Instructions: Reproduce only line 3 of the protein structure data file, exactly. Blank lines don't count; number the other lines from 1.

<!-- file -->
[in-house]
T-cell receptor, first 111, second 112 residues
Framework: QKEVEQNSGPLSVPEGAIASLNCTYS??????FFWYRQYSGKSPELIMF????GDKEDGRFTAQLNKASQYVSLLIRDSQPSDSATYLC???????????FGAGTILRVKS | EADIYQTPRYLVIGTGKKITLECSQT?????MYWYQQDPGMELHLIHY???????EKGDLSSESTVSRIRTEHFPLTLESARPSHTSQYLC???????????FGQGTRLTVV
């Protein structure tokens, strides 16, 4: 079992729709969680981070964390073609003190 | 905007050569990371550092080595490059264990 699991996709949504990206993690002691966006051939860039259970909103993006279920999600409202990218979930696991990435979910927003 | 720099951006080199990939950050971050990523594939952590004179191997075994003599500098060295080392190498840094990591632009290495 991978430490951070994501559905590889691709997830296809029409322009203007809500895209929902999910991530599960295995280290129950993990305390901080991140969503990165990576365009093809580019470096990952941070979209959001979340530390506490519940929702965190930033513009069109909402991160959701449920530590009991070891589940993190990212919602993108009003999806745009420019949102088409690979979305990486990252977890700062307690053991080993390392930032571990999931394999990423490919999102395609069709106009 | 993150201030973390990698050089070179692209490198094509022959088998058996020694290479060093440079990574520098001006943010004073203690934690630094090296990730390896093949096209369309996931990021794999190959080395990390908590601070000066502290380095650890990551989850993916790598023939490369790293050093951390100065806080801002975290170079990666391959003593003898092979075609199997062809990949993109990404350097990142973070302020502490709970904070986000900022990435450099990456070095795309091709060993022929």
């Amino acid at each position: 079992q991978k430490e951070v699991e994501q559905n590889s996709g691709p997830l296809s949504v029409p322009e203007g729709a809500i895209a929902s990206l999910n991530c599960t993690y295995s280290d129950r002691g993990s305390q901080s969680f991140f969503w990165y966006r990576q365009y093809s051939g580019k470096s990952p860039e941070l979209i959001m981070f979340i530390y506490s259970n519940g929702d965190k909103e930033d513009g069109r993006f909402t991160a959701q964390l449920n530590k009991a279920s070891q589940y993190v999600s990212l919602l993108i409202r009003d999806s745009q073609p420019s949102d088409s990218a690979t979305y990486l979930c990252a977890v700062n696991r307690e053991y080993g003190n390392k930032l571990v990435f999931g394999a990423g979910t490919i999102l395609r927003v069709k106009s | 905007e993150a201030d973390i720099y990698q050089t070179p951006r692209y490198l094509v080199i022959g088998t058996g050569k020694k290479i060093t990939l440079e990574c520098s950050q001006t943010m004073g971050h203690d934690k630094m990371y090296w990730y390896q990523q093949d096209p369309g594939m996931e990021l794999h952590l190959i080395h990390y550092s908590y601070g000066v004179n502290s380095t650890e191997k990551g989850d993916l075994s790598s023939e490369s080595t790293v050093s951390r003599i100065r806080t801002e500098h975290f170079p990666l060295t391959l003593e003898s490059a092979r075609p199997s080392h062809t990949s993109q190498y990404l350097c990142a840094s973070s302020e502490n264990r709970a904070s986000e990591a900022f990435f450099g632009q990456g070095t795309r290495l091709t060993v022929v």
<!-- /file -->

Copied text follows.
Framework: QKEVEQNSGPLSVPEGAIASLNCTYS??????FFWYRQYSGKSPELIMF????GDKEDGRFTAQLNKASQYVSLLIRDSQPSDSATYLC???????????FGAGTILRVKS | EADIYQTPRYLVIGTGKKITLECSQT?????MYWYQQDPGMELHLIHY???????EKGDLSSESTVSRIRTEHFPLTLESARPSHTSQYLC???????????FGQGTRLTVV